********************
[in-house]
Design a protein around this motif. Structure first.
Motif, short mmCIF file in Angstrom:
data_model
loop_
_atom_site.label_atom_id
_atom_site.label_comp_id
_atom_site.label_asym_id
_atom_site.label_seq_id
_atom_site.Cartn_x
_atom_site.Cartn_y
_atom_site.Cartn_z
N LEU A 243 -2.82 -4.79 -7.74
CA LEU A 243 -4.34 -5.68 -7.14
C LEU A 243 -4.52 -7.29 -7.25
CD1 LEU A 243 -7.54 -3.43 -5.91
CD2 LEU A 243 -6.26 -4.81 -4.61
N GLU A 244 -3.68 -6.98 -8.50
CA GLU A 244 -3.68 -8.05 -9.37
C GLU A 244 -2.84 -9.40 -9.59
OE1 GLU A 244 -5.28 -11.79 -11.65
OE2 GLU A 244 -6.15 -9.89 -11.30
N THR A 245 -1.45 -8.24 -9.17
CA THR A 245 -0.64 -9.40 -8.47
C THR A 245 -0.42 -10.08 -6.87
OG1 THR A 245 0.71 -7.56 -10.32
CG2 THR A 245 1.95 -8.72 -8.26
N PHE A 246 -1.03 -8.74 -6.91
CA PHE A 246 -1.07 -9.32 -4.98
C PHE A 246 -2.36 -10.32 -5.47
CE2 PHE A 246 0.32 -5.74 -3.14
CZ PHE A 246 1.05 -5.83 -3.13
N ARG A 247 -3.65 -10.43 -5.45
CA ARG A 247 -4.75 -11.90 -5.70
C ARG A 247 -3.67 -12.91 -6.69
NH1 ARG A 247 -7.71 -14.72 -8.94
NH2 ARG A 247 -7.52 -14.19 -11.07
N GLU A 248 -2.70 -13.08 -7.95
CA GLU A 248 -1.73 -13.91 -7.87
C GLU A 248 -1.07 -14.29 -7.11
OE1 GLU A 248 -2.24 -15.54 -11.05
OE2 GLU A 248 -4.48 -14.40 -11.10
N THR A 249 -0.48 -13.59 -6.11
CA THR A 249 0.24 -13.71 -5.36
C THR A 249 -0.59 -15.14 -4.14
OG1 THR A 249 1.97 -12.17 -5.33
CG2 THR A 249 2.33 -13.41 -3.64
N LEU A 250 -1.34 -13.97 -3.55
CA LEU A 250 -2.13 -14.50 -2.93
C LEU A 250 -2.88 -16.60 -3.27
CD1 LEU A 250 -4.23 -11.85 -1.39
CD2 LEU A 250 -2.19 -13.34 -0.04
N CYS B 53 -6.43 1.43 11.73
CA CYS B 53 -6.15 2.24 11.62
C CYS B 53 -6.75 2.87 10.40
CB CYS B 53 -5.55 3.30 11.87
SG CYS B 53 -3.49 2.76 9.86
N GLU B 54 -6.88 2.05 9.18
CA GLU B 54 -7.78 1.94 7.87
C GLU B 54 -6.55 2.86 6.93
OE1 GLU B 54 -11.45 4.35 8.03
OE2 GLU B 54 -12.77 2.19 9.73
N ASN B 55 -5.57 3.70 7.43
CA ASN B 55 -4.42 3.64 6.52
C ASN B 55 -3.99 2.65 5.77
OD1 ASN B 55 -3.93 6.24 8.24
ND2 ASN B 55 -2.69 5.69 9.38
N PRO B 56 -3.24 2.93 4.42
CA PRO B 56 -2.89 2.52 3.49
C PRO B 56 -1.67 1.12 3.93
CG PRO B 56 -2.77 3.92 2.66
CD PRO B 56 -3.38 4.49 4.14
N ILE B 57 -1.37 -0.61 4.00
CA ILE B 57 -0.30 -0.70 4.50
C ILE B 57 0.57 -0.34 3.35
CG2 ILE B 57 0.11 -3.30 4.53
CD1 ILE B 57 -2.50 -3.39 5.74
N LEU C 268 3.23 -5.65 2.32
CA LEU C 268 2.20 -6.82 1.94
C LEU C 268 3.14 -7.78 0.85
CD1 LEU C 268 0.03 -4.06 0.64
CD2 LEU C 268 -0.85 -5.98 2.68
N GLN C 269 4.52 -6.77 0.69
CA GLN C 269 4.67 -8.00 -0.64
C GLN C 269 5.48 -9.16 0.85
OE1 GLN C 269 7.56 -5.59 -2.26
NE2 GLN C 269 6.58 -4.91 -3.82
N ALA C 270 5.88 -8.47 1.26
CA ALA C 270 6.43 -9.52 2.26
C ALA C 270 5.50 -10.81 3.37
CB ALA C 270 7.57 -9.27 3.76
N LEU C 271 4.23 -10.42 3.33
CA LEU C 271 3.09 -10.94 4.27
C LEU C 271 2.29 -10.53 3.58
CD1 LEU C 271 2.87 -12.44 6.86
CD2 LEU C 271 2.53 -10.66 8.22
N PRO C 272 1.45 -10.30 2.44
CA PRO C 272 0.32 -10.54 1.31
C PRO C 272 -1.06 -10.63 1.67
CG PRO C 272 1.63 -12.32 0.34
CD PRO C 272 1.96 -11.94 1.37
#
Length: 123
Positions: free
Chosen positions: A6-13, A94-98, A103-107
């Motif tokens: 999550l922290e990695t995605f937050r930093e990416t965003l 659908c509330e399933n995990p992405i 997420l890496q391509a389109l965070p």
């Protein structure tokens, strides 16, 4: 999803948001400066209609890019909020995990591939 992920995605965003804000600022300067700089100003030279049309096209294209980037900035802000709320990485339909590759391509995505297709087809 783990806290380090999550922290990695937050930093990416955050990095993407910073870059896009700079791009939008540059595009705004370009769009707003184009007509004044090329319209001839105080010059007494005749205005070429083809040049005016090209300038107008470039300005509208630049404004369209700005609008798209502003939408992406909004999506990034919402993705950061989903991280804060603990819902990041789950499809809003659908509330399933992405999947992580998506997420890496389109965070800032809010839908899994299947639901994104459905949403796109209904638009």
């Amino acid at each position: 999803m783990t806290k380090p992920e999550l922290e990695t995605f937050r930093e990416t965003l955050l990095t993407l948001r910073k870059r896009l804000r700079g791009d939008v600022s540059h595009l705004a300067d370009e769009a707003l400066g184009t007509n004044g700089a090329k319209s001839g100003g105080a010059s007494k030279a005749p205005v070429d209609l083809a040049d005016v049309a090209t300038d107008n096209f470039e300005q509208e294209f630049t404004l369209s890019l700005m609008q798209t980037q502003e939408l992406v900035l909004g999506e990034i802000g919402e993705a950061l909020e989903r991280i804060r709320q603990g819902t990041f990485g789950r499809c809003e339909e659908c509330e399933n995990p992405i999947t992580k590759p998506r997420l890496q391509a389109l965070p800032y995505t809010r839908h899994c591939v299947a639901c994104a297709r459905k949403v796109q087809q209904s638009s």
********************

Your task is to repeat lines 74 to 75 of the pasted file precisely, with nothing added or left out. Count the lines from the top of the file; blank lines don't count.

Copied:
CA ILE B 57 -0.30 -0.70 4.50
C ILE B 57 0.57 -0.34 3.35